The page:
Because they take it upon themselves, often at real personal risk, to report serious misconduct in businesses or governmental agencies, whistleblowers play an important role in our society. Such individuals provide an essential check on violations of laws, regulations, rules or other types of malfeasance that could otherwise put the public interest in jeopardy. Fortunately, multiple state and federal laws exist to offer protection and redress for individuals who are willing to call attention to the misdeeds of others in the workplace in order to hold responsible parties accountable.
Florida Whistleblower’s Act
In Florida, whistleblowers can find substantial statutory protection in the provisions if the Florida Whistleblower’s Act. Under this law, employees of private businesses must establish six distinct elements to state an actionable claim, including:
- that he or she disclosed or threatened to reveal information to an agency in writing;
- that there was an activity, practice or policy of his or her employer;
- that he or she suspected was an actual violation of a rule, law or regulation;
- that his or her employer retaliated as a result of the disclosure or the threat;
- that he or she did provide written notice to the employer of the offending practice; and
- the employer therefore had a reasonable chance to remedy the policy, practice or activity
By contrast, employers of public entities are covered only if the activity they disclosed is in fact illegal, presents a danger to the safety, health or welfare of the public, or constitutes gross mismanagement or a waste of public monies. Another key distinction under the Florida statute is that private employee whistleblower notices must be done under oath, while public employees’ notices may take any form, just as long is they are written and signed.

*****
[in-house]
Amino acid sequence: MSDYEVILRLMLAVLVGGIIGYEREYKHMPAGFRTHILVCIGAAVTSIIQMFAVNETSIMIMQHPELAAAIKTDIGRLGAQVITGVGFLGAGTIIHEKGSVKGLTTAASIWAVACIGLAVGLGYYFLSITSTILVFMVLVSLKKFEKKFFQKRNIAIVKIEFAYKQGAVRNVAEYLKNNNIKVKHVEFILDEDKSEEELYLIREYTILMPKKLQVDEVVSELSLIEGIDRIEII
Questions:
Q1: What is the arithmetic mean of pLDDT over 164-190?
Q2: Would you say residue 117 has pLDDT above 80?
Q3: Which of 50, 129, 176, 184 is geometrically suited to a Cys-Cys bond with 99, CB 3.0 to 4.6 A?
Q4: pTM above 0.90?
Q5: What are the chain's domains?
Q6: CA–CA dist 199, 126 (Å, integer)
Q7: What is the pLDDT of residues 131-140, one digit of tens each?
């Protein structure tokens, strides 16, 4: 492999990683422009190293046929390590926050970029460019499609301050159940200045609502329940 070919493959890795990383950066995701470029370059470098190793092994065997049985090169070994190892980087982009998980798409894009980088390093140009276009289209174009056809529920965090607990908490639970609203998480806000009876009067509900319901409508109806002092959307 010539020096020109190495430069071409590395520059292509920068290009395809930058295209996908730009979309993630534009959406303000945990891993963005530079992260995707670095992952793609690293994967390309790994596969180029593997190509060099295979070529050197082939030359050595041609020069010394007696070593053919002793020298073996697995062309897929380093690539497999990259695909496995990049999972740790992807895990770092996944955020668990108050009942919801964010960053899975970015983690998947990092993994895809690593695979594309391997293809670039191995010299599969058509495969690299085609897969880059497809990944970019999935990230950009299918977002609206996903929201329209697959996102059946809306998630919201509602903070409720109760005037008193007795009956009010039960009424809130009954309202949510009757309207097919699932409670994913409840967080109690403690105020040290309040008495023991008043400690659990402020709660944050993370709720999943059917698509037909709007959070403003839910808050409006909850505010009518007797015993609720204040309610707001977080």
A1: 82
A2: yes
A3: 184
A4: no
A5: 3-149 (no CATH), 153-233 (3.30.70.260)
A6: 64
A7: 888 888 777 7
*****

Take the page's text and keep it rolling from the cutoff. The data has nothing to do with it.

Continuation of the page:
Remedies Under Florida Law
Private employees must file their action within two years of the adverse event in question, and they may be able to recover lost wages and benefits, attorney fees and compensatory damages for things such as emotional distress. Public employees can seek reinstatement, lost wages and benefits, attorney fees and costs, though no punitive damages are available. Given the negative impact that employer retaliation can have on a whistleblower and his or her family, it is essential that every dollar of compensation be pursued by a seasoned Florida attorney.
Federal Whistleblower Protections
In addition to Florida’s Whistleblower’s Act, a series of federal statutes also exist for the purpose of protecting individuals against retaliation for exposing illegal or improper conduct. The federal False Claims Act assists whistleblowers in shining light on fraud in government contracting, in Medicaid and Medicare administration, in the operation of nursing homes, and in compliance with labor, anti-kickback, environmental and competitive bidding laws. Plaintiffs can win reinstatement and seniority, double back pay, accrued interest, special damages as well as attorney fees, should they prevail in a claim under the Act.
Many other federal laws offer protections for whistleblowers in a variety of employment contexts, but it is important to note that the process for pursuing claims under those statutes can differ significantly from traditional litigation. Many of these statues require that such claims are handled administratively and they do not provide for a private cause of action.
Pursuing Justice as a Whistleblower
If you have already, or are currently contemplating bringing attention to improper or illegal conduct at your workplace, you owe it to yourself to learn all you can about your rights as a whistleblower. Do not allow fear of retaliation and adverse employment actions stop you from doing what you know is right. A knowledgeable Florida whistleblower attorney can provide sound advice about your specific situation and valuable guidance about your legal options.